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Your Diabetes Health Care Team

Are you hearing about health care providers you never knew existed? Who are all these people, what do they do, when do you need them, and why? They're professionals who have been trained to make your life easier, healthier, and less stressful.

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The heart of your team is, of course, YOU -- and your most important role is to self-manage your disease. But you have a number of specialists to help you with diabetes education; regular management of blood glucose and medications; screening for complications such as eye, foot, and dental disease; and lifestyle counseling. Put them to work for you! The American Diabetes Association suggests you build a team with these key members:

Primary care provider (PCP)

This most likely will be a family practice doctor, nurse practitioner, or physician assistant. In some states it can even be a pharmacist. His or her job is to oversee all aspects of your diabetes and refer you to specialists as needed. Look for a professional who sees other people with diabetes and has access to support staff, such as educators and counselors. Make sure all health care providers you see route reports to your primary care provider to ensure thorough and consistent management of your disease. Go to: The American Diabetes Association and the National Committee for Quality Assurance for a list of physicians who have met the standards of the Diabetes Physician Recognition Program. recognition.ncqa.org

Endocrinologist (M.D. or D.O.)

Certified by the American Board of Internal Medicine, this doctor specializes in diseases of the endocrine system, including diabetes. You may need this level of care if you have type 1 diabetes, complications, or trouble managing your disease. In that case you will most likely see an endocrinologist once a year or more and your primary care provider more frequently. People with type 2 diabetes usually do not see an endocrinologist. One benefit of an endocrinology clinic is that it can offer access to multiple other providers, such as dietitians and diabetes educators. The waiting list for endocrinologists can be long, however; some areas, such as rural communities, have no endocrinology practices. Go to: The Hormone Foundation for a referral directory of the 3,000 members of The Endocrine Society. hormone.org and aace.com/resources/find-an-endocrinologist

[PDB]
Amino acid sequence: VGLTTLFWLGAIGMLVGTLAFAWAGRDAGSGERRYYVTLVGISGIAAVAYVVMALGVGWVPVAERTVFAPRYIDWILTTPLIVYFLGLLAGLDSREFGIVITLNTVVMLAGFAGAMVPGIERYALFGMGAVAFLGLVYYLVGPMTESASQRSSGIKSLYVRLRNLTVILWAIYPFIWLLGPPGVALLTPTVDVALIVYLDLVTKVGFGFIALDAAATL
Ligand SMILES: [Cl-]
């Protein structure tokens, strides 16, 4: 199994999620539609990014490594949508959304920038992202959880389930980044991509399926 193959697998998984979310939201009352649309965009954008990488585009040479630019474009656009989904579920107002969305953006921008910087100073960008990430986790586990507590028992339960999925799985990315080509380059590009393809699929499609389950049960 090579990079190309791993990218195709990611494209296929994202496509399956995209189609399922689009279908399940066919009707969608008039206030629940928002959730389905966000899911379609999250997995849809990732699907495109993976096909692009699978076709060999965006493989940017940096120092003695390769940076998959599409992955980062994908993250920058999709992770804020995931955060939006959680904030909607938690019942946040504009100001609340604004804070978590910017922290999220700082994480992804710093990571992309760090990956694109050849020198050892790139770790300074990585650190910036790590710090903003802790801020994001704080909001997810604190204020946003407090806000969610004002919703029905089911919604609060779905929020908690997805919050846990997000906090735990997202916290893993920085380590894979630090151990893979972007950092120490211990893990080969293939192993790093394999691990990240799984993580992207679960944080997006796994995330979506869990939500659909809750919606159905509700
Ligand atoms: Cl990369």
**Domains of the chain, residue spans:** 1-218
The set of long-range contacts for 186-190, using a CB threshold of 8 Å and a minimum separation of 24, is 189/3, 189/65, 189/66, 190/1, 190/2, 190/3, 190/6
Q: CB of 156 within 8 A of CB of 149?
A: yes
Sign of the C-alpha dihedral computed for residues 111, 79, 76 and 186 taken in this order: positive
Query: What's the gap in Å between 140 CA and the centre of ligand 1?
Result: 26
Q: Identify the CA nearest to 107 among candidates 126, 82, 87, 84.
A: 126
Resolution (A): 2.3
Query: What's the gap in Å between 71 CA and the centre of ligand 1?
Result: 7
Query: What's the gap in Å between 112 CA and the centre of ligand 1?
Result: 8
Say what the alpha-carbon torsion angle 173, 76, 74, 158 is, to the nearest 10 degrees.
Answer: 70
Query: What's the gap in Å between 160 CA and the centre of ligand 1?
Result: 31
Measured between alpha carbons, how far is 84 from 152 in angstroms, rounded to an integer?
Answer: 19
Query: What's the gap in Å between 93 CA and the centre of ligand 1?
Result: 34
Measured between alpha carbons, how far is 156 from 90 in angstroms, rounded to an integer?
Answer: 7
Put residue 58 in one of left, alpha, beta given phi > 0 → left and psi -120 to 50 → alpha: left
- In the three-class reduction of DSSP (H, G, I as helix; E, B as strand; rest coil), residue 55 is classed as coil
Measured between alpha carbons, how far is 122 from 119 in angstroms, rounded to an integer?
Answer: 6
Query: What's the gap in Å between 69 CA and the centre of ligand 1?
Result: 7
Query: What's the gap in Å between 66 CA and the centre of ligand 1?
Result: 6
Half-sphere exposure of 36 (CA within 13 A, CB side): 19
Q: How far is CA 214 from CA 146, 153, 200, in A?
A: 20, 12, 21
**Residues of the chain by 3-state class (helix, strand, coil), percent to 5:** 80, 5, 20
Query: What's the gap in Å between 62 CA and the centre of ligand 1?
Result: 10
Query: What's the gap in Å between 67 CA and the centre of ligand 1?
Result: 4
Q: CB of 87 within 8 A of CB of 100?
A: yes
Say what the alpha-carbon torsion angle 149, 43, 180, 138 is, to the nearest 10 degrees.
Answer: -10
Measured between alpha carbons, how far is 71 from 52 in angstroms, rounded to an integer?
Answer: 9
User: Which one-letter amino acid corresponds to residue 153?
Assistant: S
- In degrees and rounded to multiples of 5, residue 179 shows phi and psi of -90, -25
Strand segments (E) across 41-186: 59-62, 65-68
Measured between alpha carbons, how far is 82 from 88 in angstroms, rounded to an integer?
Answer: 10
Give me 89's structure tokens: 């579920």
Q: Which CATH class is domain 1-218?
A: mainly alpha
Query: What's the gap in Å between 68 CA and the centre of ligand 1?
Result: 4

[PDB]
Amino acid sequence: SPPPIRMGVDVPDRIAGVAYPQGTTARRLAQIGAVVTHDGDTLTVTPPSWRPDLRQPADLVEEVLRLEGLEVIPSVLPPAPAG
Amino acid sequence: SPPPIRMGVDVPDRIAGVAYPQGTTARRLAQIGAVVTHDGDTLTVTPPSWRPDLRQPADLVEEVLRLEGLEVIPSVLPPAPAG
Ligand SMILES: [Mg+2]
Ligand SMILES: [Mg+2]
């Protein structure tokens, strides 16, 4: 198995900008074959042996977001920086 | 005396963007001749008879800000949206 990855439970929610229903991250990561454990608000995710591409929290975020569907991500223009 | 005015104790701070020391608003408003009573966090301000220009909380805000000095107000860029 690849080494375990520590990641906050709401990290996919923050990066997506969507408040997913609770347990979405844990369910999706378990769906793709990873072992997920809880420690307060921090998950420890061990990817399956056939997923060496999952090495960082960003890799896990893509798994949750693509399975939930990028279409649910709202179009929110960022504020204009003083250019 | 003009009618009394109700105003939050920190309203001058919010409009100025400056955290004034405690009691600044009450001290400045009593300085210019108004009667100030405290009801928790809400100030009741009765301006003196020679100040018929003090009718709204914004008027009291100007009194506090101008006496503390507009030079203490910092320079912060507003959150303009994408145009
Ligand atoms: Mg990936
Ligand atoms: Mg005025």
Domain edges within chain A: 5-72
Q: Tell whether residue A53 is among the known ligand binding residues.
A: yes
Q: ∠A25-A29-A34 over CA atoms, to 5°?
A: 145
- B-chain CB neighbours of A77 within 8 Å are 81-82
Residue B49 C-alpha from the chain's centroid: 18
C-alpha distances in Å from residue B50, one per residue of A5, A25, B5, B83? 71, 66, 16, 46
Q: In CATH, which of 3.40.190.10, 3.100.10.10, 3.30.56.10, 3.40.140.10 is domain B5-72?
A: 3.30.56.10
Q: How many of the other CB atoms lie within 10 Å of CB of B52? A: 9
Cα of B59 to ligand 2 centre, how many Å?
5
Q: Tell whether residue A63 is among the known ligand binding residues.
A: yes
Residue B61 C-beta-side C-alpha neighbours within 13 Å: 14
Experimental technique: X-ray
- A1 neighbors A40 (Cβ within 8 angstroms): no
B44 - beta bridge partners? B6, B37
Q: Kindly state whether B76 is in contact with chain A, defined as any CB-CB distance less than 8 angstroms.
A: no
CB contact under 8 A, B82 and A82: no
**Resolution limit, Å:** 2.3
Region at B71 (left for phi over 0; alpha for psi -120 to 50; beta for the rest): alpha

Certified diabetes educator (CDE)

One of the biggest steps to diabetes health is learning to manage your disease yourself. A certified diabetes educator can be a nurse, dietitian, pharmacist, or social worker who has passed a formal qualifying examination through the National Certification Board for Diabetes Educators. This professional will train you in blood glucose monitoring, meal planning, and exercise and lifestyle habits. This should be one of your first visits after diagnosis and remain a continuing part of your treatment. Go to: The American Association of Diabetes Educators to find a local diabetes educator and opportunities for diabetes self-management education (DSME). diabeteseducator.org and professional.diabetes.org/erp_zip_search.aspx

Registered Dietitian (RD)

This expert in food and nutrition has met the professional criteria of the American Dietetic Association's Commission on Accreditation for Dietetics Education. An RD's job is to help you develop a healthy yet tasty meal plan geared to your specific case and teach you long-term skills to balance diet, medications, and activity. Many CDEs are also RDs. Go to: the American Dietetic Association for a local RD. eatright.org/programs/rdfinder

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